[00:25:34] So it’s actually kind of really nice that they’ve done this really in-depth molecular stuff, but then they’ve linked it to this very kind of old school genetics, but basically they had a hypothesis which was that if the tusklessness,, as they say, X-linked dominant, basically you’ll have females with two X chromosomes, one of which will be positive for tusklessness

[00:25:53] and one of which will be negative for tusklessness. And because when you’re, if you imagine that elephant has four [00:26:00] offspring, on average, you’ll get four different things. You’ll get a male who has the X gene, which is positive for tusklessness, and why that one is not viable because the mutation kills the males.

[00:26:14] You’ll get a male who’s got X, which is negative for tusklessness, and Y. So that will just be a tusked elephant. And that will just live

[00:26:20] Sophie: Just old bloke elephant. As we know him.

[00:26:23] David: just, Yeah. All male elephant. And then we’ll end up with two females, one of which is tuskless and one of which isn’t. So basically if what they think is true about where this gene is on the sex chromosomes,

[00:26:36] then what we should see is that two thirds of the offspring of female tuskless elements should be female. Because 50% of the males will die. So there’s a 50% likelihood that you produce a male or a female. And if you produce a male, there’s a 50% chance that the male will die. So of all of the offspring of the female tuskless elephants, what they should see is that there should be two thirds [00:27:00] female, and basically they go into the data and say, that’s exactly what they see.

[00:27:04] 65.7% were female, which is pretty much right on

[00:27:09] Sophie: Yeah. In in a terrifying way. Yeah.

[00:27:12] David: Yeah.

[00:27:13] so basically not only do they identify the gene molecularly, they also say, it’s this point. And this is where we’d expect to see if it is this gene that’s producing the changes. And that’s basically exactly what they see.

[00:27:24] And as we’ve talked about on this show before to say that it’s a single gene that’s producing a big change like this, instead of like a Marriott of genes is kind of unusual and kind of a big deal. And that’s probably why I ended up in such a big journal.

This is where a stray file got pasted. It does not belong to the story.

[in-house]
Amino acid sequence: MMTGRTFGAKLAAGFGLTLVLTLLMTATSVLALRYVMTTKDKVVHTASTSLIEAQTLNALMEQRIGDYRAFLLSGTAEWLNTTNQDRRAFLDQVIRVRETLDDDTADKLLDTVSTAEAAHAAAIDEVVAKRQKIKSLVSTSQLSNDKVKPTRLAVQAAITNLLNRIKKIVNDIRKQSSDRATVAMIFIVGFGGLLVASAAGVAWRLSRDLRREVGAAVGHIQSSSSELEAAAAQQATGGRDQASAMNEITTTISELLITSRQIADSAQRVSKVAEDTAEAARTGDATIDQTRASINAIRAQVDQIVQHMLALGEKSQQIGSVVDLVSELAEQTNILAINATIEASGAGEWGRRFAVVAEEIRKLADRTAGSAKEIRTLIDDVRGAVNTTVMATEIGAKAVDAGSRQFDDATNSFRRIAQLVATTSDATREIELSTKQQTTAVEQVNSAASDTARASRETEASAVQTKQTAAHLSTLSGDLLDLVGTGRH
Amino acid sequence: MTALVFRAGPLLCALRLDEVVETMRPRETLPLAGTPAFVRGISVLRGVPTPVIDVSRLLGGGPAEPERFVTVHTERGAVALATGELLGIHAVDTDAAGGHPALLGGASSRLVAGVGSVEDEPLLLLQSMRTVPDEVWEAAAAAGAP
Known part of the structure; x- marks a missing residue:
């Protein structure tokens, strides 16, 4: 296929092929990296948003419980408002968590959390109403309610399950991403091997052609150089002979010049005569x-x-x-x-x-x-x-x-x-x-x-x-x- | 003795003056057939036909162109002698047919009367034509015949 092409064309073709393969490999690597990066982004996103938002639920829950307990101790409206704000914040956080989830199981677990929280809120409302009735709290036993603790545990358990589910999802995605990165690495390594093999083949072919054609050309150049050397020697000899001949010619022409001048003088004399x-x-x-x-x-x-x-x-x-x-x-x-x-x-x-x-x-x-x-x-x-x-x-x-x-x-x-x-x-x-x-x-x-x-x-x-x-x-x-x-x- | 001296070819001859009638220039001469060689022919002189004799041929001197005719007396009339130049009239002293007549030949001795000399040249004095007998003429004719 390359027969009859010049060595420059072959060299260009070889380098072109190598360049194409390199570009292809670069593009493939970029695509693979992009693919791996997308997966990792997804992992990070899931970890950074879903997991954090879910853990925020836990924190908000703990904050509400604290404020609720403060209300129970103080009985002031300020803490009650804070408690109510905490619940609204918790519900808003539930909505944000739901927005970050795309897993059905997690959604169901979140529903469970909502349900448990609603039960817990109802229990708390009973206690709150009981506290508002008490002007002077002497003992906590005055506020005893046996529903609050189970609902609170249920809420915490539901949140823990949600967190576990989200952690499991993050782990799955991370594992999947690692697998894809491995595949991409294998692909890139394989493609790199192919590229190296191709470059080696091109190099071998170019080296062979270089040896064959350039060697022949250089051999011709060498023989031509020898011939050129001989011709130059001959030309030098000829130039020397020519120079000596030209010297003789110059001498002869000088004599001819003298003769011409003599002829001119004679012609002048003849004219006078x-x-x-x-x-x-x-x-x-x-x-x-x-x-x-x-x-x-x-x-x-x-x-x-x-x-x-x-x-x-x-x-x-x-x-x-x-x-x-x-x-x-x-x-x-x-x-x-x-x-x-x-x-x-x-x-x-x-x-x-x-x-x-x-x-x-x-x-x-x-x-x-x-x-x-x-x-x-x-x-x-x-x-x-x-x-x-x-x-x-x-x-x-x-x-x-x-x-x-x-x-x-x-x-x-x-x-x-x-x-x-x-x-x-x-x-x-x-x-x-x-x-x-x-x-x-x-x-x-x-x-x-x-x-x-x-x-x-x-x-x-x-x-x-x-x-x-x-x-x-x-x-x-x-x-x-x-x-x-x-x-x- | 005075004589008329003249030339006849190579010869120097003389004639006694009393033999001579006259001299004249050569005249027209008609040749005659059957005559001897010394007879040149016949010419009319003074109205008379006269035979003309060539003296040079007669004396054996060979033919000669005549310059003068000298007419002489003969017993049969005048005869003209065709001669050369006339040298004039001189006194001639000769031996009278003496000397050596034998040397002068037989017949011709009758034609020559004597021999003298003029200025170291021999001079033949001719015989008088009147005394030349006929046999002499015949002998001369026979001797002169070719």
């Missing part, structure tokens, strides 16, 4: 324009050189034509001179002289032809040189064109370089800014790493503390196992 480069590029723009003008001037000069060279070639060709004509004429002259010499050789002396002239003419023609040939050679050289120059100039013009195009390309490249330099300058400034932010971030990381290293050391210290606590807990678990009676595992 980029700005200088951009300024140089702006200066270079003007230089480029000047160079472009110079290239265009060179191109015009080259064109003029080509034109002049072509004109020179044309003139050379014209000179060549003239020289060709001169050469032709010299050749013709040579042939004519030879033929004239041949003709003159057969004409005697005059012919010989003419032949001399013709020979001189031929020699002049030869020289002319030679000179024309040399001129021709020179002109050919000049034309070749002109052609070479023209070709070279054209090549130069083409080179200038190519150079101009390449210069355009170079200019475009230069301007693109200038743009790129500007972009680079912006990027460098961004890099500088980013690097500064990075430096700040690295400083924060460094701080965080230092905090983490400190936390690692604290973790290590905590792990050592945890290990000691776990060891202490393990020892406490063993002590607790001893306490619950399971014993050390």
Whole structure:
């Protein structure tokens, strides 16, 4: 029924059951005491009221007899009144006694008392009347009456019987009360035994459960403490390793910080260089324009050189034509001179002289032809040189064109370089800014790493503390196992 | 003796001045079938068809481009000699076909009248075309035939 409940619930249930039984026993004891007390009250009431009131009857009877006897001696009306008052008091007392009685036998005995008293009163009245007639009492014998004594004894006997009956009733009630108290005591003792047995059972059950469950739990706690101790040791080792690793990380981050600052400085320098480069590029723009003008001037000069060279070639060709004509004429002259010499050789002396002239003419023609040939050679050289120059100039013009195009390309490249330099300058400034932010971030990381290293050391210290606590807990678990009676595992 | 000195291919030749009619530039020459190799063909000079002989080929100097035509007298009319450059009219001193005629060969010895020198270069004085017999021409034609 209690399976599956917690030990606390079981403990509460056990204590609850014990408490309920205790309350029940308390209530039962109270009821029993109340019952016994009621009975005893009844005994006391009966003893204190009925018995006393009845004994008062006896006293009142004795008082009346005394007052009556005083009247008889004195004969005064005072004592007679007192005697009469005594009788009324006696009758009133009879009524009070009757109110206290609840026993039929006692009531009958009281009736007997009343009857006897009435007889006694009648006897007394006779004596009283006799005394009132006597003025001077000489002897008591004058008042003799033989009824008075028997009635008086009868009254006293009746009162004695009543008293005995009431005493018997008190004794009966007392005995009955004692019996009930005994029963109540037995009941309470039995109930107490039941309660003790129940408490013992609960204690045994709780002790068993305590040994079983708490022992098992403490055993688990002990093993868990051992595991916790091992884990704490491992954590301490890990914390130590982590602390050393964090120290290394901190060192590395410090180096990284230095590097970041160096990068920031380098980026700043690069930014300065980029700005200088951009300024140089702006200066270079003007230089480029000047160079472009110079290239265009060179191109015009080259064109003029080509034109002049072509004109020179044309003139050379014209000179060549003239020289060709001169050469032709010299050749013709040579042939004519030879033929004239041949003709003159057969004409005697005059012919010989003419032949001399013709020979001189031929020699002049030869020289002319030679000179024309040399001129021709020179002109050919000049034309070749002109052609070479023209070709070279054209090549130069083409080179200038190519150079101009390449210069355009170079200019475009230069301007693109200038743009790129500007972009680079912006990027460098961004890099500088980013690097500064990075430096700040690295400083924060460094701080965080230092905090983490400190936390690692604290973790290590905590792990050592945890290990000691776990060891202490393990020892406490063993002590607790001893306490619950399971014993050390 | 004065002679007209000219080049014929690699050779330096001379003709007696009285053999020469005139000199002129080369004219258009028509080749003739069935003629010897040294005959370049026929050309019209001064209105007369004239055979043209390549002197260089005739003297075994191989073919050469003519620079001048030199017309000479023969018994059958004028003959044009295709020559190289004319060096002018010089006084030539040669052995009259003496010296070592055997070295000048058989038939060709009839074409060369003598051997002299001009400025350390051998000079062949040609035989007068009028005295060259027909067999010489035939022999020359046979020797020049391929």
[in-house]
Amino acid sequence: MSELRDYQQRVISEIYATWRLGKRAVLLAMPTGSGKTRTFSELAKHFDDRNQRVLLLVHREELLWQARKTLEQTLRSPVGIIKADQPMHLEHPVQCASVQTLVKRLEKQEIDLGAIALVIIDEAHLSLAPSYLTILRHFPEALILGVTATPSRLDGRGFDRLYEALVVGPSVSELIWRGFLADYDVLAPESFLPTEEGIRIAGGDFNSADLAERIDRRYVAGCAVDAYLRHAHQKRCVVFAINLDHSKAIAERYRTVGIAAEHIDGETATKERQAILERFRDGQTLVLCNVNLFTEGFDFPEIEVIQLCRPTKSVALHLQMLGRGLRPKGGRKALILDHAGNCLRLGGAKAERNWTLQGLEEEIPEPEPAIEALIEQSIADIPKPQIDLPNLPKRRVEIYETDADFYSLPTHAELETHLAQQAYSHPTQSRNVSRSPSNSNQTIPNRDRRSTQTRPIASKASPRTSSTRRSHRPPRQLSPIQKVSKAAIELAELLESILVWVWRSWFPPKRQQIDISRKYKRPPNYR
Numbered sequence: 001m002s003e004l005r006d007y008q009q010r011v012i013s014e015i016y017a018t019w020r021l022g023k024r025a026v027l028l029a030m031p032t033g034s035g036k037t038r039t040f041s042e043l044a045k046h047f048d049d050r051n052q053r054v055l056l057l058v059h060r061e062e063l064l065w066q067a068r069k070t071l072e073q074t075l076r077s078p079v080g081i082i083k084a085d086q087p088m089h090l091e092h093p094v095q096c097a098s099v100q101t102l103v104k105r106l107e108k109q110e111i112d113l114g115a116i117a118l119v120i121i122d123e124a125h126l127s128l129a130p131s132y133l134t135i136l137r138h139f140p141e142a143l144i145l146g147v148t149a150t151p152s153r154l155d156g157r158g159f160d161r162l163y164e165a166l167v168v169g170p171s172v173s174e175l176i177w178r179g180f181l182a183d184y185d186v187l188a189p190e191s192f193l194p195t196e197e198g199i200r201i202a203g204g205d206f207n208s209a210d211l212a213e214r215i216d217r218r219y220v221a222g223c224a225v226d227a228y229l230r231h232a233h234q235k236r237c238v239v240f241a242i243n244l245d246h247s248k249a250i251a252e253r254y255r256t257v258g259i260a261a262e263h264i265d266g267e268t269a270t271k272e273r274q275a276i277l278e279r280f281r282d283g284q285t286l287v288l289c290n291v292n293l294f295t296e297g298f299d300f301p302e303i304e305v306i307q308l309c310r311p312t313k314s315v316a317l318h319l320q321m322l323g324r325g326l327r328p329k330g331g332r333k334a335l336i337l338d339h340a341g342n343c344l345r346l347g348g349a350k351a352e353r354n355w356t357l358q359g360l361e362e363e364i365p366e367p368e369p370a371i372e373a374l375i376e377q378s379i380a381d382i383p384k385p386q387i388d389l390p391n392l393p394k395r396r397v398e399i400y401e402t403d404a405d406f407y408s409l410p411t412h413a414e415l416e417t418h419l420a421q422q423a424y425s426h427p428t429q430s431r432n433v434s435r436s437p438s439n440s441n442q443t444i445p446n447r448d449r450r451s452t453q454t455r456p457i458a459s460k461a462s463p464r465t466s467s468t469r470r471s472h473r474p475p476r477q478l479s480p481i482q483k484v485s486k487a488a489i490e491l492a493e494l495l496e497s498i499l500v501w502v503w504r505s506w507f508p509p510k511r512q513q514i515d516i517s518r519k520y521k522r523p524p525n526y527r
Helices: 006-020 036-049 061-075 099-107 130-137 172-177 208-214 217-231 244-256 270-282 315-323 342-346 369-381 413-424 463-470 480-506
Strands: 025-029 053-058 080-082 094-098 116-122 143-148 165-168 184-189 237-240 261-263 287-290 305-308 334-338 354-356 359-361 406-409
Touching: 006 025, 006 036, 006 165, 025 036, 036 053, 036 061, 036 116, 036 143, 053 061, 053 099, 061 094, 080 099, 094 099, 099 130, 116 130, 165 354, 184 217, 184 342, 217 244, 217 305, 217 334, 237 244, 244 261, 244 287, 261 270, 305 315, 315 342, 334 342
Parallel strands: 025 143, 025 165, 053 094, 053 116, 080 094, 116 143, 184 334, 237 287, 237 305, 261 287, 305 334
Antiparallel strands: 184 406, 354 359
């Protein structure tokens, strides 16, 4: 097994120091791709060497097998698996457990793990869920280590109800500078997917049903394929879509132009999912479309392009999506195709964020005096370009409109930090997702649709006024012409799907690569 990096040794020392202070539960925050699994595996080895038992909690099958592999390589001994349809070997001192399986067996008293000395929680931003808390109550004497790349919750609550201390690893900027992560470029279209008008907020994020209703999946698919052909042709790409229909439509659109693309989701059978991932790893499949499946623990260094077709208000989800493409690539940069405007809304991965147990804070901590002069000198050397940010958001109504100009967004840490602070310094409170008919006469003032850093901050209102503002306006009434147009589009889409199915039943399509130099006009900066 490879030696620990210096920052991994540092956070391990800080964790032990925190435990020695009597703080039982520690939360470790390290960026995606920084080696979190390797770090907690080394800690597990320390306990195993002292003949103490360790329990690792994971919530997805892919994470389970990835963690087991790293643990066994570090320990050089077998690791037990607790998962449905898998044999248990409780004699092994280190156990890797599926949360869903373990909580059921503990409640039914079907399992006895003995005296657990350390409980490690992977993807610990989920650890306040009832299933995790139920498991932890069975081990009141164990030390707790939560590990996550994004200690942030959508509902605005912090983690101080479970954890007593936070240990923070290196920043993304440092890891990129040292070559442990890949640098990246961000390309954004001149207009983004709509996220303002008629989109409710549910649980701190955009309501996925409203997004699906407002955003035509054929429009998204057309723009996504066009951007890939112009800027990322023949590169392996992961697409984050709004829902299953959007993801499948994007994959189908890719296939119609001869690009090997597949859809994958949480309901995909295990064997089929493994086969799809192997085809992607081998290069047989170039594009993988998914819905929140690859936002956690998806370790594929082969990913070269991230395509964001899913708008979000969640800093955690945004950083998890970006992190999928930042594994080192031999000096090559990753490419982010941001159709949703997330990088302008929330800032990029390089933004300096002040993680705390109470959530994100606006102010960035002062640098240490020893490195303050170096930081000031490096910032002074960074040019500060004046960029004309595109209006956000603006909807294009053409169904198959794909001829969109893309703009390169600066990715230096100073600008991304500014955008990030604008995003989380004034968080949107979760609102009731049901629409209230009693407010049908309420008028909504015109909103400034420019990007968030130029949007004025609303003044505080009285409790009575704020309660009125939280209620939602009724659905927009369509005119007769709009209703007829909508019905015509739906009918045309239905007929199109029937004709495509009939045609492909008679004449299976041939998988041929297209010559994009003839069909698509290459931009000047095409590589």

[00:27:35] Sophie: and also the cause what I didn’t realize was that they’ve said that the relative survival of tuskless females over the 28 year period is estimated to be more than five times out of the tusk individuals. And it was because like, yeah, I guess if you could, you’re only going to kill an elephant for pretty pokey teeth. Nothing else. And then, I mean, I, you know, granted oversight, I didn’t really get the genetics part. I got, you know, the, in essence, this is what it’s about. So I learned a bunch of [00:28:00] things about elephants and do you know where I ended up David? I need adult supervision when I do anything these days.

[00:28:05] So I was just like, oh, okay. So we’re talking about the African Savanna elephant, which is also known as the African Bush elephant. And I was like, well, what’s the kind of elephant that Thomas Edison killed with electricity when he was

[00:28:18] David: Thomas Edison killed an elephant?

[00:28:19] Sophie: Oh my God. what I learned then was like, so apparently according to a lot of the things, it was in the war against DC versus AC.

[00:28:28] basically Edison wanted to prove that DC current was safer than AC current, even though we know that AC current is better at traveling and doing all these different things and it’s true to be electrocuted an elephant. but.

[00:28:37] David: What a champion

[00:28:38] Sophie: But the, the whole thing was, it turns out that, you know, so that’s, that’s how I understood it.

[00:28:42] I’ve seen documentaries, I’ve seen movies where it’s like, this is Edison, just like killing elephants to prove that his electricity is better than Tesla’s electricity. It turns out the Topsy, the elephant was sentenced to death at Luna park. because she had killed three men over three month period, and then apparently also men at some local police and Workman, [00:29:00] so that elephant was meant to be put to death anyway.

[00:29:02] So they will just like, well, just use your electricity at us. And like, that’s fine.

[00:29:05] And, did you know that the longest tusk of the African Bush elephant measured 3.51 meters and weighed 117 kilogram?

[00:29:13] David: That’s gigantic, That’s considerably heavier and longer than I am.

[00:29:17] Sophie: Yeah, right. So this is, I think this is why you know there, Mozambiques preferred elephant to kill for tusks I don’t know. But yeah, so there you go.

[00:29:24] David: The women, the women don’t have so many tusks anymore because evolution is happening.

[00:29:29] Sophie: Yeah. And they’ve said that because this is yeah, like evolutionary for all the tusks to come back, like it could take like a really, really long time. And like, even after all poaching ceased, like maybe like their tusks will never come back cause we’ve ruined them.

[00:29:42] David: Because the shorthand for this effect, his life, finds a way.

[00:29:46] Sophie: yeah, exactly. So there you go, stop killing animals, or they will stop growing and yet, and also everyone check out the show notes for a picture of a tuskless elephant. It’s very upsetting just to look at it. This looks like someone’s teeth has fallen out. Like it’s not, I don’t like it.[00:30:00] It’s like gummy.